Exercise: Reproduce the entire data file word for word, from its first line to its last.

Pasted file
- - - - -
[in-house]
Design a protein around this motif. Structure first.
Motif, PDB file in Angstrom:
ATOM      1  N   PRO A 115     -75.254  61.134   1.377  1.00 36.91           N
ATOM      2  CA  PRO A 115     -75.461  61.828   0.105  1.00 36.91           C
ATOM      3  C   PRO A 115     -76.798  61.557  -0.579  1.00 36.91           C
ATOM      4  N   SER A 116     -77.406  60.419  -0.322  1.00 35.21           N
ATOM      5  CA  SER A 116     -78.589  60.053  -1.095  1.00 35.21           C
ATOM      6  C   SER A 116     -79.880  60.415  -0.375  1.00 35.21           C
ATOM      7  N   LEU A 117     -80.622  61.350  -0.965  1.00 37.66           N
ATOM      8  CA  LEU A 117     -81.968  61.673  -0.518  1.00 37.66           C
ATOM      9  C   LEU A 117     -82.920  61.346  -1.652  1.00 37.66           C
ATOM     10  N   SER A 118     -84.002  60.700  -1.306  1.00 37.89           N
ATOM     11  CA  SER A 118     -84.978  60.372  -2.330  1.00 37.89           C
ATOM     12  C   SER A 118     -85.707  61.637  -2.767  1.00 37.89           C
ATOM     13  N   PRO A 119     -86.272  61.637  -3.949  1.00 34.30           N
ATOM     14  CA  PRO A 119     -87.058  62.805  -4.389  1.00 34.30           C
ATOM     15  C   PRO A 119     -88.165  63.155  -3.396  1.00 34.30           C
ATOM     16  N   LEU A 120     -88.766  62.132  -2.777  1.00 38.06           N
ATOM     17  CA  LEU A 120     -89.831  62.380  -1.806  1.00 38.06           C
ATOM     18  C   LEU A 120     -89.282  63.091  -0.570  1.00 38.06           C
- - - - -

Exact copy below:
[in-house]
Design a protein around this motif. Structure first.
Motif, PDB file in Angstrom:
ATOM      1  N   PRO A 115     -75.254  61.134   1.377  1.00 36.91           N
ATOM      2  CA  PRO A 115     -75.461  61.828   0.105  1.00 36.91           C
ATOM      3  C   PRO A 115     -76.798  61.557  -0.579  1.00 36.91           C
ATOM      4  N   SER A 116     -77.406  60.419  -0.322  1.00 35.21           N
ATOM      5  CA  SER A 116     -78.589  60.053  -1.095  1.00 35.21           C
ATOM      6  C   SER A 116     -79.880  60.415  -0.375  1.00 35.21           C
ATOM      7  N   LEU A 117     -80.622  61.350  -0.965  1.00 37.66           N
ATOM      8  CA  LEU A 117     -81.968  61.673  -0.518  1.00 37.66           C
ATOM      9  C   LEU A 117     -82.920  61.346  -1.652  1.00 37.66           C
ATOM     10  N   SER A 118     -84.002  60.700  -1.306  1.00 37.89           N
ATOM     11  CA  SER A 118     -84.978  60.372  -2.330  1.00 37.89           C
ATOM     12  C   SER A 118     -85.707  61.637  -2.767  1.00 37.89           C
ATOM     13  N   PRO A 119     -86.272  61.637  -3.949  1.00 34.30           N
ATOM     14  CA  PRO A 119     -87.058  62.805  -4.389  1.00 34.30           C
ATOM     15  C   PRO A 119     -88.165  63.155  -3.396  1.00 34.30           C
ATOM     16  N   LEU A 120     -88.766  62.132  -2.777  1.00 38.06           N
ATOM     17  CA  LEU A 120     -89.831  62.380  -1.806  1.00 38.06           C
ATOM     18  C   LEU A 120     -89.282  63.091  -0.570  1.00 38.06           C